This past weekend I headed out to Ganghwa Island to be fascinated by a bit of history, and a peek at North Korea from the Ganghwa Peace Observation Deck. Welcome to week 300 (11/3/2016) of Travel Photo Thursday. Yes, we’ve reached another milestone. Hard to believe that this link-up has been around since late 2009. If I weren’t so busy correcting midterm essays, I would have baked a cake! 🙂 Join me this week as we have a pleasant lunch in rural Ganghwa Island, and a look into North Korea.
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Traditional Korean Food
The Ganghwa Peace Observation Deck with its birds-eye view of North Korea was the last stop on our full day itinerary. Before we headed to the northernmost part of the island, and the closest that a person can get to the North while still being in South Korea, we stopped for lunch in a rural village.
The food in Koreas small towns is the best! If you are ever traveling in Korea, be sure to get out of Seoul and into the countryside to sample some Korean fare. This was our gorgeous Korean food spread. I want to call the egg dish in the middle pajeon, which is Korean pancake. I think this was a bit of a variation on traditional pajeon, and more like an egg frittata. Cooked to perfection and filled with veggies, mainly green onion and red peppers, it was a delight to the taste buds. The pancake itself is not spicy, and if you look to the left, you will see a dish with red sauce. If you like spicy, dip your pajeon in, and voila! You’ve got hot!
The banchan (side dishes) include the three green veggies, harvested from the nearby forest. There is also a bit of radish kimchi and grilled fish. The last small dish on the left is green chili peppers with red chili sauce! These are tongue numbing hot! To the right of the pajeon is a dish made from acorns. The consistency is rather mushy, and not to my liking. It’s one of the few Korean side dishes that I don’t eat. We were also treated to some perfectly aged dongdongju, a Korean rice wine, and made by the restaurant owners.
I’m sure that the red chili’s this old lady is drying in the sun will be used in this falls kimchi making.
Walking through the village we found this huge cabbage patch, and like the chilis, these cabbages will be used in the upcoming autumn Kimchi making.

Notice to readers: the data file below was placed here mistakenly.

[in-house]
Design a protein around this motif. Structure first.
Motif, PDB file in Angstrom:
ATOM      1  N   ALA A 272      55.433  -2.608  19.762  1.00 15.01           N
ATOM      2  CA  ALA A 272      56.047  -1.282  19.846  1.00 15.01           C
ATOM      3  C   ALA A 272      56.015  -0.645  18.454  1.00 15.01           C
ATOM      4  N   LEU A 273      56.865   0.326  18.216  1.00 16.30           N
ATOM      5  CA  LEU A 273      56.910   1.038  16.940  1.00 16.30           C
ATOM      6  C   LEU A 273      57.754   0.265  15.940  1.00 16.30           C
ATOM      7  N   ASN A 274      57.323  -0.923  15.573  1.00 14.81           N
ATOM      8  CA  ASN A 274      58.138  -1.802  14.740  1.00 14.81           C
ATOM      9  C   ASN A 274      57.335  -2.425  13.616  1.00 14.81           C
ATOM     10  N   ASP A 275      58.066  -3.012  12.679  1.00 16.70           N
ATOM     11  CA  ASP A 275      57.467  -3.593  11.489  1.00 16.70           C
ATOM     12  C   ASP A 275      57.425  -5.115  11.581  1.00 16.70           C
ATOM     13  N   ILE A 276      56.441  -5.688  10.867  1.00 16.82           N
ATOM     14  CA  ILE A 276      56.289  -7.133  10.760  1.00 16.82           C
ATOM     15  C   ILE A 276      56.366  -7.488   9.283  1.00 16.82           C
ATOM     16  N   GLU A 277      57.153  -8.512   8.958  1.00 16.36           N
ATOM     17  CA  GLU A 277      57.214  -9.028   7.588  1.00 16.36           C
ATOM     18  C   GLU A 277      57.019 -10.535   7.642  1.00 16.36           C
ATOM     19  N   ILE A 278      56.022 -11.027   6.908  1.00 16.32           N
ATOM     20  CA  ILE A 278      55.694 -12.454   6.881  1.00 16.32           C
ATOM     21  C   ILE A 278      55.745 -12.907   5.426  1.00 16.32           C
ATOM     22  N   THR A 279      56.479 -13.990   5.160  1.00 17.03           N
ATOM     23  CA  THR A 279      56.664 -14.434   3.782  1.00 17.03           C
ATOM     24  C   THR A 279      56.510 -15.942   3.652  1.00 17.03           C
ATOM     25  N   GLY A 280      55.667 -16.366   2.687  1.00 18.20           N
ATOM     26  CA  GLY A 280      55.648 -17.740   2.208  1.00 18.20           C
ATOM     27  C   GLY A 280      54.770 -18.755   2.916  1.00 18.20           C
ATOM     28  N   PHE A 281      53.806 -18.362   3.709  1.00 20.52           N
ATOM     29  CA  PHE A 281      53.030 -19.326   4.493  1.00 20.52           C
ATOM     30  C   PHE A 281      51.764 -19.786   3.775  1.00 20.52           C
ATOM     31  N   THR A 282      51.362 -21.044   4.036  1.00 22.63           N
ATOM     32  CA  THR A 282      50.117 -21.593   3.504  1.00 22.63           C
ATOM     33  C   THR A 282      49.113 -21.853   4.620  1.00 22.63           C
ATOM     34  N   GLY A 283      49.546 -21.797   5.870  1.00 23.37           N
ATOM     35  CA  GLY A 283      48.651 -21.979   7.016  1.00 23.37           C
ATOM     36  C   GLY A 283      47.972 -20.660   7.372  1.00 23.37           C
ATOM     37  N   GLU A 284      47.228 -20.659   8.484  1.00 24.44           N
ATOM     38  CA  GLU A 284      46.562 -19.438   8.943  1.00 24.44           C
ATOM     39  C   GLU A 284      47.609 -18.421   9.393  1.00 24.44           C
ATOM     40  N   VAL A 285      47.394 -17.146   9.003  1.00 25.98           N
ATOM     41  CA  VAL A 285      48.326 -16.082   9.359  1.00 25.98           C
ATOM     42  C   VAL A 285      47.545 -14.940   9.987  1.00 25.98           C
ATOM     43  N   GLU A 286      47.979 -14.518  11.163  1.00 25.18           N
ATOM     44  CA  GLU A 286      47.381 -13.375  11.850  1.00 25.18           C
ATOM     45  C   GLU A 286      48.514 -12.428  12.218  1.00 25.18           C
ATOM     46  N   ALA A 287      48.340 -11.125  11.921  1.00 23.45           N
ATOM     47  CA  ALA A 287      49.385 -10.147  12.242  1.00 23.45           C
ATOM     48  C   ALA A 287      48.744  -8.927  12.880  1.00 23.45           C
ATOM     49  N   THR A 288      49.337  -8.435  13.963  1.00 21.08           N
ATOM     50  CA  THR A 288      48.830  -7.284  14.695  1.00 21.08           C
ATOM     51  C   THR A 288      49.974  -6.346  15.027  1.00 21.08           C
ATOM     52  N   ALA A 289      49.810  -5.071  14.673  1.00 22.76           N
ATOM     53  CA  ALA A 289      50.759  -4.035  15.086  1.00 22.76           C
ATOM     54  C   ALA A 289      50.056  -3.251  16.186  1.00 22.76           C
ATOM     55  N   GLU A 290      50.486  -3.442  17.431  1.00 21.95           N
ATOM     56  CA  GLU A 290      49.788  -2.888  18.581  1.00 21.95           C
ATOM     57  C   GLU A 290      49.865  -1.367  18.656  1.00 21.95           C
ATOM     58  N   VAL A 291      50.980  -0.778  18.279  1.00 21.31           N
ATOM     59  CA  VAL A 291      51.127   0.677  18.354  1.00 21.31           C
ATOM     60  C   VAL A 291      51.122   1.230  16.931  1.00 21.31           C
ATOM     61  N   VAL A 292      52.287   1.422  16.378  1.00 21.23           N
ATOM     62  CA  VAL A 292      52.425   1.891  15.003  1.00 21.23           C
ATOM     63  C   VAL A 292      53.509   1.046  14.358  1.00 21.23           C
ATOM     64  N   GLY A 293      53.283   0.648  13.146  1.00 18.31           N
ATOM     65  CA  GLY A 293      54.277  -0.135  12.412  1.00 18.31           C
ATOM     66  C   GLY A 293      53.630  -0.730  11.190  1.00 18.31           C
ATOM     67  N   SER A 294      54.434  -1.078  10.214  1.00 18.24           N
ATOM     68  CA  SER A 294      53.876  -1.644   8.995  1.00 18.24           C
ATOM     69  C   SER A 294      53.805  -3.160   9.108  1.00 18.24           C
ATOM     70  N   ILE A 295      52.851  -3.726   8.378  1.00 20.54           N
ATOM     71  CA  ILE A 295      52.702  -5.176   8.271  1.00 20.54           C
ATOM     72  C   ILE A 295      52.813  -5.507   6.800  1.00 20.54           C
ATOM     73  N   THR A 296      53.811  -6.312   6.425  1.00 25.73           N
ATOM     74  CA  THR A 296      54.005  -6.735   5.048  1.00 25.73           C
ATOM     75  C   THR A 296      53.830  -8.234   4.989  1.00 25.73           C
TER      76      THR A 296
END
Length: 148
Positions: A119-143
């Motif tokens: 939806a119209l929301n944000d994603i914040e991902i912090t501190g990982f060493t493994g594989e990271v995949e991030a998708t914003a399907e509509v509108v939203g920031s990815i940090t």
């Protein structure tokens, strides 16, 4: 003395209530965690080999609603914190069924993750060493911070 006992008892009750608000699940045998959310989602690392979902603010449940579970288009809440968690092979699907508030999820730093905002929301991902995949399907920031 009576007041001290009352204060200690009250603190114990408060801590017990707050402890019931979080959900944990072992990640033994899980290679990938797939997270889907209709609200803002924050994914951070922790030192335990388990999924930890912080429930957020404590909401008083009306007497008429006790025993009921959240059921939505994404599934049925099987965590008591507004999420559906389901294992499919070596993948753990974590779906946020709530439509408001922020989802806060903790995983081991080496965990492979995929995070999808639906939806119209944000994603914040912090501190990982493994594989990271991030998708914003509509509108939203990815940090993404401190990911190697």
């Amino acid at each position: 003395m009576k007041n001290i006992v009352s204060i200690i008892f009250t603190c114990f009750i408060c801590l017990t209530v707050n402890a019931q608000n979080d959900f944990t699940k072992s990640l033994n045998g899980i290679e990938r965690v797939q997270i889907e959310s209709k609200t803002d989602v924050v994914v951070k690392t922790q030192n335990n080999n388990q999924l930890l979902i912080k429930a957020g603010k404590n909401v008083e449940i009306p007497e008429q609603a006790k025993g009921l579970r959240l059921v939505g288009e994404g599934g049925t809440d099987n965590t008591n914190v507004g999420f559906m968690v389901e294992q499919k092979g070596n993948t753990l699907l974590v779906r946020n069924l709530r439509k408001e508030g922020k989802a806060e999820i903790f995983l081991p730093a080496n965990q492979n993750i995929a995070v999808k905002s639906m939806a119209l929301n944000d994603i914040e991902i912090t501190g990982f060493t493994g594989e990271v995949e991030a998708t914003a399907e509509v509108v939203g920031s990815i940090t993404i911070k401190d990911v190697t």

Ganghwa Peace Observation Deck
Our stroll through the village took us to our waiting bus, and we headed off to the Ganghwa Peace Observation Deck, the northernmost most point in South Korea.
From the official brochure:“The Ganghwa Peace Observation Deck enables tourists to glimpse the living environment of North Koreans from the nearest point in South Korea. The Observation Deck, built for cultural and tourism purposes, is expected to broaden mutual understanding between the two Koreas and reform ethnic homogeneity, thereby laying a foundation for peaceful reunification.”
From these photos everything looks neat and orderly, there aren’t very many people around. I was able to view the North Korea side through a high power telescope. I saw a few people on bicycles riding along unpaved roads. Nobody was working in the fields, and there was no farm equipment visible. I could also see several small “suburbs” of lovely white homes. I did see one man driving towards one on his bicycle. There were no cars. The entire scene looks surreal, and I’m sure is staged for the tourist’s eyes.
The whole area is surrounded by barb wire, and there are sentries. We learned that there are many sentries on the North Korean side also, but hidden from view. I’m not sure why. That’s how it is.
As you can see, it’s a beautiful area. Until last Sunday, I didn’t know that Ganghwa Island existed, and although I was aware that Seoul is not far from North Korea I hadn’t realized that the distance is less than two hours driving. I do hope that the North continues to keep their guns and weaponry on their side, and not decide to unleash anything on Seoul for the foreseeable future, if ever.
I made my way to Ganghwa Island on a tour offered through the Royal Asiatic Society (RAS). The Society offers numerous tours, and I highly recommend them if you are visiting Seoul, and want to experience life outside of Seoul, and quite often a little off the beaten track. Tours leave from Seoul between 8 am, and 9 am and return the same day. There are some overnight trips as well. You don’t have to be a RAS member to join a tour.
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